FLATWOODS Russell’s coaches booted players off the practice field on Thursday.On Friday, the temptation to duplicate that dismissal might have crept inside their hats, visors and headsets, especially during the second quarter.But the Red Devils “fought and fought and fought, and we scratched out a victory,” though, said coach T.J. Maynard after Russell edged Bath County, 13-12, at Henry R. Evans Stadium. Landen Duvall and Grant Bates both eclipsed 100 yards rushing for the Red Devils.
One of the most incessantly recited song lyrics of the 1990s perfectly summarizes the Ashland Tomcats’ attitude this week.Sing it with me: “I get knocked down, but I get up again, you’re never gonna keep me down!”Chumbawamba produced just the one hit, “Tubthumping,” but it’s still universally recognized today, 20 years after its release.
Ashland’s freshmen might notice dark circles forming under their head coach’s eyes in tonight’s pregame huddle at Putnam Stadium.Darren Wilson’s sleep deprivation, though, is a direct result of his preparation for the 66th annual Kiwanis Bowl. Ashland and Russell will kick off tonight at 7.“I usually don’t hit the bed until 11, 11:30, then I’ll nap for an hour and a half and wake up with things going through my mind,” Wilson said on Tuesday.
Muck Rack makes it simple to find people, tweets, or articles that mention any name, keyword, company, hashtag etc. We've compiled this guide to help you make the most of your search.
Selecting a term
Start searching tweets, articles from media outlets, articles mentioned in tweets, journalists'
names, titles and bios with some suggested searches:
Companies or Topics (e.g. iPhone, Microsoft)
Phrases (e.g. "cloud computing") — use quotes to keep the terms together
Twitter handles (e.g. @username) — returns those who have mentioned or replied to
Names (e.g. "David Pogue")
Hashtags (e.g. #sxsw, #london2012)
Bio details (e.g. vegan, Olympics, father)
Muck Rack's Advanced Search allows for many boolean operators.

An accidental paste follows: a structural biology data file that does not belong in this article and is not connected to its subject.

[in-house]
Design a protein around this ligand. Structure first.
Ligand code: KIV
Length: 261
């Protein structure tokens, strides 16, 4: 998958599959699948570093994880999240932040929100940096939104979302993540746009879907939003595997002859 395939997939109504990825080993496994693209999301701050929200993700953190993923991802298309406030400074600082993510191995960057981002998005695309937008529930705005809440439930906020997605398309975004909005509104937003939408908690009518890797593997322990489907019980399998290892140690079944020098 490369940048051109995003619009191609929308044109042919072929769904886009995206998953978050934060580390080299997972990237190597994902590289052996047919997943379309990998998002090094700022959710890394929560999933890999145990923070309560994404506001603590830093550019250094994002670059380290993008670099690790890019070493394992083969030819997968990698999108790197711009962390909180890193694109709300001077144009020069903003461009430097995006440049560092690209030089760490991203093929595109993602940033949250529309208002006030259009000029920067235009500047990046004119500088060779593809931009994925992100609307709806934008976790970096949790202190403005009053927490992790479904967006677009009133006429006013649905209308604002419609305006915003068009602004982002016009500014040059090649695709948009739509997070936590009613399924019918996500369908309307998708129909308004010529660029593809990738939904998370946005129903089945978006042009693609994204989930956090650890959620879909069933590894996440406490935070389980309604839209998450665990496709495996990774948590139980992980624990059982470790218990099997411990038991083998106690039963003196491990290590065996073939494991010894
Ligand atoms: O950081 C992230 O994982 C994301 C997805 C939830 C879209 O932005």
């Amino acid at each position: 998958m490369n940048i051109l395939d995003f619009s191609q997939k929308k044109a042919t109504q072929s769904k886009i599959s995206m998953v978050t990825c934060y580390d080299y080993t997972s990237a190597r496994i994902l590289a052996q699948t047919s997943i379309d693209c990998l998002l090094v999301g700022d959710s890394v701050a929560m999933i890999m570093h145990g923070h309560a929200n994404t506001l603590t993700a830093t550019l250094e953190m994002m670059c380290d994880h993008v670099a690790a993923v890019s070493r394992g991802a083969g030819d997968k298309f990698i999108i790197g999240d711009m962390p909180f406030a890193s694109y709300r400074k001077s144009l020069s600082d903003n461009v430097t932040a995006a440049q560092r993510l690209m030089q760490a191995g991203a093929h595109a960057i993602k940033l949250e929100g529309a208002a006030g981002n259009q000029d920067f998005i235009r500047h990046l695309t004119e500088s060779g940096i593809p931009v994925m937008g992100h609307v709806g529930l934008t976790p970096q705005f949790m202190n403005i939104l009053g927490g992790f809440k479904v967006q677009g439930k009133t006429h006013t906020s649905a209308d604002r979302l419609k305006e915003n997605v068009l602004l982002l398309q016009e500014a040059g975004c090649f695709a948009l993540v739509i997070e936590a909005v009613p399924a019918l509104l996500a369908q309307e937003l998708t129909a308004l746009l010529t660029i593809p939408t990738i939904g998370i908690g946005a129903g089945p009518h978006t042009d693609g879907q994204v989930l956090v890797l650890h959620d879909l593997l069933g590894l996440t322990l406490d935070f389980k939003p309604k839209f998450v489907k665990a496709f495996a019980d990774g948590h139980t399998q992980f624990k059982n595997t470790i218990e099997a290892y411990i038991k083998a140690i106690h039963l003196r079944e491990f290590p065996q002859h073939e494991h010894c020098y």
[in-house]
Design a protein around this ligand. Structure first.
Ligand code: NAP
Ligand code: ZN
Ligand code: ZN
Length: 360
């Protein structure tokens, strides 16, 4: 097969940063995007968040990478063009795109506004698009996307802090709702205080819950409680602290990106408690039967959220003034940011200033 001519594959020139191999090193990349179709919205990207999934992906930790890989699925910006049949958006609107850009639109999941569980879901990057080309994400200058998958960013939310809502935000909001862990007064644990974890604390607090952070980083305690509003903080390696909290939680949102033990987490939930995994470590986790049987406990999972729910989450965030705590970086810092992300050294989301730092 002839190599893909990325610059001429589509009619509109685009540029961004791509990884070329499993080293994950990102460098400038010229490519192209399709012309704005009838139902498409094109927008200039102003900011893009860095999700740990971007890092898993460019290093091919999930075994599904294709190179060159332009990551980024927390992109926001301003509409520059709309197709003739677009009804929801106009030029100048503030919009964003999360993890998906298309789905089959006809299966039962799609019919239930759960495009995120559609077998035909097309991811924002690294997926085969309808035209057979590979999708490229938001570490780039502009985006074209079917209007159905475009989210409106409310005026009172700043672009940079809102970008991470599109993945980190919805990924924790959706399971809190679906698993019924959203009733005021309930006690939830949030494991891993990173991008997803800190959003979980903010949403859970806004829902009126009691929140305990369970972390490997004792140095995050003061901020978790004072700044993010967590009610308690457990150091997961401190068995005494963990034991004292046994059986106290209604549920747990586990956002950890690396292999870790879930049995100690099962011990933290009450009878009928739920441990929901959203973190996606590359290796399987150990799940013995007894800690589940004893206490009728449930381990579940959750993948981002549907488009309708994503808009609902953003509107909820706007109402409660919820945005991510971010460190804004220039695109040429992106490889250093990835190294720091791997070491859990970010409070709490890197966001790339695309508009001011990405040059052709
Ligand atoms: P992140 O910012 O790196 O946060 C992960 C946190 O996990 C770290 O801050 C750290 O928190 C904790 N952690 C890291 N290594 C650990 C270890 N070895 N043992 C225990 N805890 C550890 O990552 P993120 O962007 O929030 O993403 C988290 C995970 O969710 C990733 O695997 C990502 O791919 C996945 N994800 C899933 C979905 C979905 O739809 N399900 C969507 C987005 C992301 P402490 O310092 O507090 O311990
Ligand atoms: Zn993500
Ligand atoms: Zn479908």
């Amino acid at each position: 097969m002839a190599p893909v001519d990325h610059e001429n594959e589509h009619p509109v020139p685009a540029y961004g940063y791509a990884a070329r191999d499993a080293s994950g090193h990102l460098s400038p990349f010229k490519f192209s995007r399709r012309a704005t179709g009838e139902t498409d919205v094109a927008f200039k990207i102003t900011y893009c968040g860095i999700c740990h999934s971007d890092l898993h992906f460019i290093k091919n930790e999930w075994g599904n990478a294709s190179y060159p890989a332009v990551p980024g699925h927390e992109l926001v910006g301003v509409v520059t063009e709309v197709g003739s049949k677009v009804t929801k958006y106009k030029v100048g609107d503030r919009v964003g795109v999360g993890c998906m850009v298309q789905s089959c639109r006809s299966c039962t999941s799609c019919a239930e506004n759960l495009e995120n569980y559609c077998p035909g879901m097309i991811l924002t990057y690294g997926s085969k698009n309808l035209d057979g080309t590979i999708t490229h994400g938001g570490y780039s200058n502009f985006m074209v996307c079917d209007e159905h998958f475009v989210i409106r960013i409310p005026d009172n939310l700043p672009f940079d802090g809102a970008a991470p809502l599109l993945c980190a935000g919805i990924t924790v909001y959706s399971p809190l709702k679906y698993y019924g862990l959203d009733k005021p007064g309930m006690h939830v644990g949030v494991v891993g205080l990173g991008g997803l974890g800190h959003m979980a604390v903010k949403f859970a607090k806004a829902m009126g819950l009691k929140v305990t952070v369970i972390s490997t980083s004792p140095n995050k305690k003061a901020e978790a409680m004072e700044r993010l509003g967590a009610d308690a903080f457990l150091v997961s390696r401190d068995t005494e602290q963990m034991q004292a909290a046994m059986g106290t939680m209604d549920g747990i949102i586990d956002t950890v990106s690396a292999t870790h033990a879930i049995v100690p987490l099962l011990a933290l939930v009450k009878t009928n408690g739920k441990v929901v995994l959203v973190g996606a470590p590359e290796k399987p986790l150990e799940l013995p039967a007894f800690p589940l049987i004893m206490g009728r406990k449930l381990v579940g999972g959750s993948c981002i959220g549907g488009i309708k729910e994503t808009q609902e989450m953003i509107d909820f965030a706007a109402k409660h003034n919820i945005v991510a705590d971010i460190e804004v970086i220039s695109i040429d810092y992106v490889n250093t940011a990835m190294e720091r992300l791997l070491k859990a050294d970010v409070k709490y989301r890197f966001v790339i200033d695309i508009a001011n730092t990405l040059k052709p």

Find results that mention multiple specified terms, use AND or
+. For example, ensure each result contains both Elon Musk and Mark Zuckerberg by
searching Musk AND Zuckerberg or Musk + Zuckerberg.
Use the operators OR or , to broaden your search when you'd like either of
multiple terms to appear in results. (This is the default behavior of our search when no operators
are used). For example, results will contain either cake or cookie by searching cake OR cookie or cake,cookie
Use NOT or - to subtract results from your search. For
example, searching Disney will yield results about the Walt Disney Company as well as Walt Disney
World Resort. To exclude mentions of Disney World, search for Disney -World or Disney
When using one of these operators with a phrase, enclose it in quotation marks. For example, you can
find results about smartphones excluding Apple's iPhone 4S by searching smartphone -"iPhone
Exact case matching or punctuation
If you're searching for a brand name or keyword that relies on specific punctuation marks or capitalization, you can
find results that match your exact query by adding matchcase: before the keyword you're searching for, like matchcase:E*TRADE .
Use parentheses to separate multiple
boolean phrases. For example, to find journalists talking about having fun in Disney World or
Disneyland, search for ("disney world" OR disneyland) AND fun.
An asterisk can be used to search for any variation of a root word truncated by the asterisk. For example, searching for admin* will return results for administrator, administration, administer, administered, etc.
A near operator is an AND operator where you can control the distance between the words. You can vary the distance the near operation uses by adding a forward slash and number (between 0-99) such as strawberries NEAR/10 "whipped cream", which means the strawberries must exist within 10 words of "whipped cream".